Security experts discovered a new severe XSS flaw affects fully patched Internet Explorer and exposes users to risks of attacks and identity theft.
A new critical cross-site scripting (XSS) vulnerability affects fully patched versions of Internet Explorer, the flaw could be exploited by hackers to steal user sensitive data (i.e. login credentials) and inject malicious content into browsing sessions.
Microsoft has declared that its experts are already developing a fix for the vulnerability that is effective on IE 11 running on both Windows 7 and 8.1.
“We are not aware of this vulnerability being actively exploited and are working on a security update. To exploit this, an adversary would first need to lure the user to a malicious website, often through phishing. SmartScreen, which is on by default in newer versions of Internet Explorer, helps protect against phishing websites. We continue to encourage customers to avoid opening links from untrusted sources and visiting untrusted sites, and to log out when leaving sites to help protect their information.” reports the official statement from Microsoft, which confirms that it has no news about the exploitation of the vulnerability in the wild.
The exploitation of this critical cross-site scripting bug allows an attacker to bypass the same origin policy (SOP), which is a fundamental in the web application security model implemented to protect users’ browsing experience.
” The policy permits scripts running on pages originating from the same site – a combination of scheme, hostname, and port number – to access each other’s DOM with no specific restrictions, but prevents access to DOM on different sites.” reads Wikipedia.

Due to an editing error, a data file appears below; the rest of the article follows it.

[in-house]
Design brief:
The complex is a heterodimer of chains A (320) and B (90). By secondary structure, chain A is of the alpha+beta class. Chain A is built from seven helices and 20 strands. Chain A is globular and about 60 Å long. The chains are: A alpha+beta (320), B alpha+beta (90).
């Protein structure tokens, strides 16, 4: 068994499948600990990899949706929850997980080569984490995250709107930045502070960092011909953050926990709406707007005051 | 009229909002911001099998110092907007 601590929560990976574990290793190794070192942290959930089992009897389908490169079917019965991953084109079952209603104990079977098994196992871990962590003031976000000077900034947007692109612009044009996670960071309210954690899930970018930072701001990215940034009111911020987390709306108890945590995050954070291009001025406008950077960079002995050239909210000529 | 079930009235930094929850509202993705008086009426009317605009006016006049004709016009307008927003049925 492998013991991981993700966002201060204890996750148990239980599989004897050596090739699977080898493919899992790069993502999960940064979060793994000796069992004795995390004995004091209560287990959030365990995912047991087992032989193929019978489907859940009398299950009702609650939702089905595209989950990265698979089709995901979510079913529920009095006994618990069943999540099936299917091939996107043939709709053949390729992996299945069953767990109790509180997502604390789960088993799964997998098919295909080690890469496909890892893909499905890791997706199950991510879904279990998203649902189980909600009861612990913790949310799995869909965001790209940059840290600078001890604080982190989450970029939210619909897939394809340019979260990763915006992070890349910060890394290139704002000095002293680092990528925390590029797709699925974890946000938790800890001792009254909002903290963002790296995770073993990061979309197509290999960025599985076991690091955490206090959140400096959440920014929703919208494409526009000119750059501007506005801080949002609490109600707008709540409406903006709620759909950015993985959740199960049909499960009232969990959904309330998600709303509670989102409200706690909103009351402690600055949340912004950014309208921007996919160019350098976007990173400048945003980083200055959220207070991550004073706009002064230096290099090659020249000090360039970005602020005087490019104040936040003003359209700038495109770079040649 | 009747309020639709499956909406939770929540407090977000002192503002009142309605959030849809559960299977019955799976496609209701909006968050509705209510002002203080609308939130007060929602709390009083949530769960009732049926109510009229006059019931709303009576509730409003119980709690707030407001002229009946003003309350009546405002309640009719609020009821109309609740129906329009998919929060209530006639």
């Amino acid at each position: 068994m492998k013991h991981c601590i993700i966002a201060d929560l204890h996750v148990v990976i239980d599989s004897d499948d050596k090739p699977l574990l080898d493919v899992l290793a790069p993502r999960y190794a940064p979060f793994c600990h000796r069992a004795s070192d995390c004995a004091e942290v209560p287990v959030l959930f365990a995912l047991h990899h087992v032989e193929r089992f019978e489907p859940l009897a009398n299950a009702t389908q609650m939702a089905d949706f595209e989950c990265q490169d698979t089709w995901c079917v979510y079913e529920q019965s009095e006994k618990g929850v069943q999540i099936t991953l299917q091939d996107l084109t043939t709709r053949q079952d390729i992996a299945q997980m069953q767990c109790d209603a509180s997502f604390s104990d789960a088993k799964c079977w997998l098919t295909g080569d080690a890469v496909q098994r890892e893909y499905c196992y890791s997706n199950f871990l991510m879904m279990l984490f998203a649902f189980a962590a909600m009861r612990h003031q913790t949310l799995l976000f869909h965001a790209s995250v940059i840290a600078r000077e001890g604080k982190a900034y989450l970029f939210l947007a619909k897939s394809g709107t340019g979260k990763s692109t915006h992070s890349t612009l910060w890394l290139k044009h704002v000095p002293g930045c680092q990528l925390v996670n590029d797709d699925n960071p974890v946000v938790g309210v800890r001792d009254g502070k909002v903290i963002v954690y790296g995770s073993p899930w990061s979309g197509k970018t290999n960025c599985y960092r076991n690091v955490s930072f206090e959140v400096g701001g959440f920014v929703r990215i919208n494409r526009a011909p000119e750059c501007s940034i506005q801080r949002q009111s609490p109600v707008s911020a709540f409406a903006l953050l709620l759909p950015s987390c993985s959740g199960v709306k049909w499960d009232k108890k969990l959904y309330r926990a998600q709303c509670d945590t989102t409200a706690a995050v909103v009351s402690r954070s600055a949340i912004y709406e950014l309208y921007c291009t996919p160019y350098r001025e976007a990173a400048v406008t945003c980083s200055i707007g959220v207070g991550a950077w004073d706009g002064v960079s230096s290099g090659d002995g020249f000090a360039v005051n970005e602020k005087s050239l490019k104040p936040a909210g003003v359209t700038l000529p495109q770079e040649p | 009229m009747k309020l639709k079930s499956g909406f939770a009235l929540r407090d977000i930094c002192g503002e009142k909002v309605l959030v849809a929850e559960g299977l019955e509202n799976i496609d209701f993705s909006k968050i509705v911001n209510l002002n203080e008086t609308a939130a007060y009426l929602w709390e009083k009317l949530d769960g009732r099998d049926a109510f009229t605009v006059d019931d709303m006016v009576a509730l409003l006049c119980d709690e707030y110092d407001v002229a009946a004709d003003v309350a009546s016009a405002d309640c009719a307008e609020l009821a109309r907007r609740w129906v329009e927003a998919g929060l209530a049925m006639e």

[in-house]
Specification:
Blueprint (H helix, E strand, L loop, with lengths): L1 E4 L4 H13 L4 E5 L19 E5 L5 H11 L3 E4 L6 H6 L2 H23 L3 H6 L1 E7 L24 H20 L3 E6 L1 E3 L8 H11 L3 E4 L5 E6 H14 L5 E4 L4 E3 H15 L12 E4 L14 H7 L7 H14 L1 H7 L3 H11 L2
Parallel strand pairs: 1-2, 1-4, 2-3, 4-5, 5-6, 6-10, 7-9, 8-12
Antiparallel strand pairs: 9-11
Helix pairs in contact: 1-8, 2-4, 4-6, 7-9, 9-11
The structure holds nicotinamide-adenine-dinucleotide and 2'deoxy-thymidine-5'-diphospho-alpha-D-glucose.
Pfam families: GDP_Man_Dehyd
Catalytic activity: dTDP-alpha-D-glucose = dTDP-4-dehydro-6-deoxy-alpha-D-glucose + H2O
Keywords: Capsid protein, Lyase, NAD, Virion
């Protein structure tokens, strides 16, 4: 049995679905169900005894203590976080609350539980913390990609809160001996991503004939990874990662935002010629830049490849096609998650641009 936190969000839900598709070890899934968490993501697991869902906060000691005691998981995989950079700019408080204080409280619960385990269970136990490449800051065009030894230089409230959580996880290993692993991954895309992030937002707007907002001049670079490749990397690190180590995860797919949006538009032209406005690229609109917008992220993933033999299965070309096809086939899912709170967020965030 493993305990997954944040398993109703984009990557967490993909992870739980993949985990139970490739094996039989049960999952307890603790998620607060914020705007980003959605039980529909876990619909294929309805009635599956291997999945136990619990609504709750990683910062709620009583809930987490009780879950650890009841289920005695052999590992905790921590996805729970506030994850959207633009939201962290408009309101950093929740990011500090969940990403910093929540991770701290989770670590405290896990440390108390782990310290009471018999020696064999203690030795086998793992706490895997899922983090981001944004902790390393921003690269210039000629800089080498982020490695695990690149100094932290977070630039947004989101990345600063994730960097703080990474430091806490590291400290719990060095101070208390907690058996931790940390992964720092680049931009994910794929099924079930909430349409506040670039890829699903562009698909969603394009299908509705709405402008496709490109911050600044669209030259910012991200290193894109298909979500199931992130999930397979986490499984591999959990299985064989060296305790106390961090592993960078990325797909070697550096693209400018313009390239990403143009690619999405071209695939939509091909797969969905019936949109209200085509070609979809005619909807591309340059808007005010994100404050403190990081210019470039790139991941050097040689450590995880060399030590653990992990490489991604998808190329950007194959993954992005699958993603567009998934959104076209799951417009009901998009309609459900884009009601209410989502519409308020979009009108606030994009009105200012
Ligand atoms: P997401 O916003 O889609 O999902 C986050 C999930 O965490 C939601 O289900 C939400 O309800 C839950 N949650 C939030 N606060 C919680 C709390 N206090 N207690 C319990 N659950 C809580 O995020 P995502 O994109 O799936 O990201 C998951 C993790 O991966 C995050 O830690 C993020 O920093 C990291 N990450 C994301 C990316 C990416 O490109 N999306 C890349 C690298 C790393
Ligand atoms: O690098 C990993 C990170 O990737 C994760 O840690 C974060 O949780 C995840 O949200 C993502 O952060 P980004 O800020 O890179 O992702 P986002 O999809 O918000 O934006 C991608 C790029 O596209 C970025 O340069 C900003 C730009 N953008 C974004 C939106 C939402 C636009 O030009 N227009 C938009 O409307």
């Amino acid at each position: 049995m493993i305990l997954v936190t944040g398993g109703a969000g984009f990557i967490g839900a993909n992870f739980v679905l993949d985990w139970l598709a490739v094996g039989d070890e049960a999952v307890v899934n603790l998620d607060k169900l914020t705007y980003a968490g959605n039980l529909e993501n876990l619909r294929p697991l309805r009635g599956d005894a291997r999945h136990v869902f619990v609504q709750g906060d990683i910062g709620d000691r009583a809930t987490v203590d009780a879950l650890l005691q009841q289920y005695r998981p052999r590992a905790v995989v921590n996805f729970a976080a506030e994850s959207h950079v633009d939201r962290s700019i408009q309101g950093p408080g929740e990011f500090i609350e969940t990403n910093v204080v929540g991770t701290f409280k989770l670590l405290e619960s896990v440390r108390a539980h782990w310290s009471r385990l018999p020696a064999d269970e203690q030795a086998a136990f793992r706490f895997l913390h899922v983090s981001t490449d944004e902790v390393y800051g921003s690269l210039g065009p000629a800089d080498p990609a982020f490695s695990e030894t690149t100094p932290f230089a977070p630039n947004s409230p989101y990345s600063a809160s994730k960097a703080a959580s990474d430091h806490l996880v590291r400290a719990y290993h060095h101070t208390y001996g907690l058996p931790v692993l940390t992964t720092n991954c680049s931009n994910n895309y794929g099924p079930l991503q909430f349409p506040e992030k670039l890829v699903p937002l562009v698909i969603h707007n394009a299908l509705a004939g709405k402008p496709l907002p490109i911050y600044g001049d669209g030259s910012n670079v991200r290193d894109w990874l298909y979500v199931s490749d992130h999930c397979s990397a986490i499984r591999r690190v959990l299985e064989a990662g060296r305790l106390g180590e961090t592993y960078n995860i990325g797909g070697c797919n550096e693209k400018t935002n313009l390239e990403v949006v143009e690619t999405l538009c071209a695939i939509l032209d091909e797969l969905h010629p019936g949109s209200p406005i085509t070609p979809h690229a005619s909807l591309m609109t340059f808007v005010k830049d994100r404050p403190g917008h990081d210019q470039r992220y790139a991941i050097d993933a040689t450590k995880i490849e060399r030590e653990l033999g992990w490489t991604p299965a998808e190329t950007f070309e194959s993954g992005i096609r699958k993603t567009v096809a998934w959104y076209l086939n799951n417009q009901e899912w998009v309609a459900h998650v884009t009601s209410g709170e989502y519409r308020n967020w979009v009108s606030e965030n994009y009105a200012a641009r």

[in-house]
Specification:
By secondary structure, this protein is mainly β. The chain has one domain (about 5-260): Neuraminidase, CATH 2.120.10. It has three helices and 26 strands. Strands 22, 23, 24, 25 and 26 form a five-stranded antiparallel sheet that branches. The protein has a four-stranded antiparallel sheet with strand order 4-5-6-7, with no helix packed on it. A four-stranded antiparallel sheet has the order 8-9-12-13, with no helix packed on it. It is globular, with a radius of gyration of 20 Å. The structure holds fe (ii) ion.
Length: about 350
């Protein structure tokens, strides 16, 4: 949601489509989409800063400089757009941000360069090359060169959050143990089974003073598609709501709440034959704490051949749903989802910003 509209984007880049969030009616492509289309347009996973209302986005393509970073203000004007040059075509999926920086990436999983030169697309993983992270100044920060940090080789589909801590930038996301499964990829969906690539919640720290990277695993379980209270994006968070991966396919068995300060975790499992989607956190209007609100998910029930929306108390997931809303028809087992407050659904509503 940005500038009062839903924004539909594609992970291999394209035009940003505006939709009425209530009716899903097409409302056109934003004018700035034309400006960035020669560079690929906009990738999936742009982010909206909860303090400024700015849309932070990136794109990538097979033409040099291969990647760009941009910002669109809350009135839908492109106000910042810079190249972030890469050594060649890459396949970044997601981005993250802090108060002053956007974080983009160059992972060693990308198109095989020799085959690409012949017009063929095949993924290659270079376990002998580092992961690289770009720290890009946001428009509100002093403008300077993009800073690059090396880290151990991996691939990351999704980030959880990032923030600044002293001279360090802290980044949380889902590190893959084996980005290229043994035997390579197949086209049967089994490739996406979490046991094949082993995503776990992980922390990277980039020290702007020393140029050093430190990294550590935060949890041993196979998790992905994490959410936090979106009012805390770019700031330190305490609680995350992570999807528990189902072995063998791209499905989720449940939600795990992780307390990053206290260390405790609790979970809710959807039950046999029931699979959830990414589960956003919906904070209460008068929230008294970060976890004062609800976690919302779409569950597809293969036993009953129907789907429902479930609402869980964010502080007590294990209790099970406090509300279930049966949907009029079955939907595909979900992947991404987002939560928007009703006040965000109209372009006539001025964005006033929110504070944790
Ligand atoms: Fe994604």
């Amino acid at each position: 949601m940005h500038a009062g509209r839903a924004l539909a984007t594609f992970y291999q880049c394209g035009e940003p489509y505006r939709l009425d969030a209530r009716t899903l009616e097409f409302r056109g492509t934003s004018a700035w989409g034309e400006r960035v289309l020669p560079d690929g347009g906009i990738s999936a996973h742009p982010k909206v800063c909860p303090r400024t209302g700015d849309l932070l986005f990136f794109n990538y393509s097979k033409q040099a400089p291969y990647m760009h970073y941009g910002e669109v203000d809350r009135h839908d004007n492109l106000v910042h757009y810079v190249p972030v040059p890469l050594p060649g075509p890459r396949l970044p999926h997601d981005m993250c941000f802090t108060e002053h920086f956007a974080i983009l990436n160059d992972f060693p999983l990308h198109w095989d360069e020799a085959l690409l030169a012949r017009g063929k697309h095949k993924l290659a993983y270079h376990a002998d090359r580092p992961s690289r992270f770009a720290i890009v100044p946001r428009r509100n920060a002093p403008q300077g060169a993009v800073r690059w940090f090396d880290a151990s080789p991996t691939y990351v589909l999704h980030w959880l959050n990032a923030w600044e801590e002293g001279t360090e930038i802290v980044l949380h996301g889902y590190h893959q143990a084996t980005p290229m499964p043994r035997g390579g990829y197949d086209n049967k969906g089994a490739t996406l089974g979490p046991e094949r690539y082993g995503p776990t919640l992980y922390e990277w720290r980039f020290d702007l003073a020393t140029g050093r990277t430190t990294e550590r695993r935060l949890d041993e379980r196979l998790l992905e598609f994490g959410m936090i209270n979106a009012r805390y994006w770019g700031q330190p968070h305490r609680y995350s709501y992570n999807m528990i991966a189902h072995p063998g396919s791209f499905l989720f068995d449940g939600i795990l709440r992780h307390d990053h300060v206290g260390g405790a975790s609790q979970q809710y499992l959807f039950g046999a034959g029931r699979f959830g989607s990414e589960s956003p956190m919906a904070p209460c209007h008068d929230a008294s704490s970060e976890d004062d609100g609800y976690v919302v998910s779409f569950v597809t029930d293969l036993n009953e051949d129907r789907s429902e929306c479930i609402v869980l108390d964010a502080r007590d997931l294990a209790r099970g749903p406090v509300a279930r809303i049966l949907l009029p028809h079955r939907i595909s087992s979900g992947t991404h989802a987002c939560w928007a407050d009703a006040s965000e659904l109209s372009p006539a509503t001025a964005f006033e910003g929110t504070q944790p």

The SOP prevents one site from accessing or modifying browser cookies or other data used by another website.
Last week Deusen published a proof-of-concept exploit to demonstrate how it is possible to bypass the SOP when users are visiting specifically crafted page by using fully patched Internet Explorer versions. The demo injects the words “Hacked by Deusen” into the website of the Daily Mail.
In the same way, the attackers can steal authentication cookies from other websites to impersonate victims once they are logged in. Once in possession of the cookie, an attacker could access the same restricted areas normally available only to the victim, including those with credit card data, browsing histories, and other confidential data. Phishers could also exploit the bug to trick people into divulging passwords for sensitive sites.
“Once in possession of the cookie, an attacker could access the same restricted areas normally available only to the victim, including those with credit card data, browsing histories, and other confidential data. Phishers could also exploit the bug to trick people into divulging passwords for sensitive sites.”reports ArsTechnica
Below the code used by the exploit to bypass SOP in IE.
As explained by Microsoft the attacker would have to lure the victim to a malicious website, but it is quite easy in several ways, for example by sharing a link through spam emails or via social network messages.
Let’s wait Microsoft will fix the flaw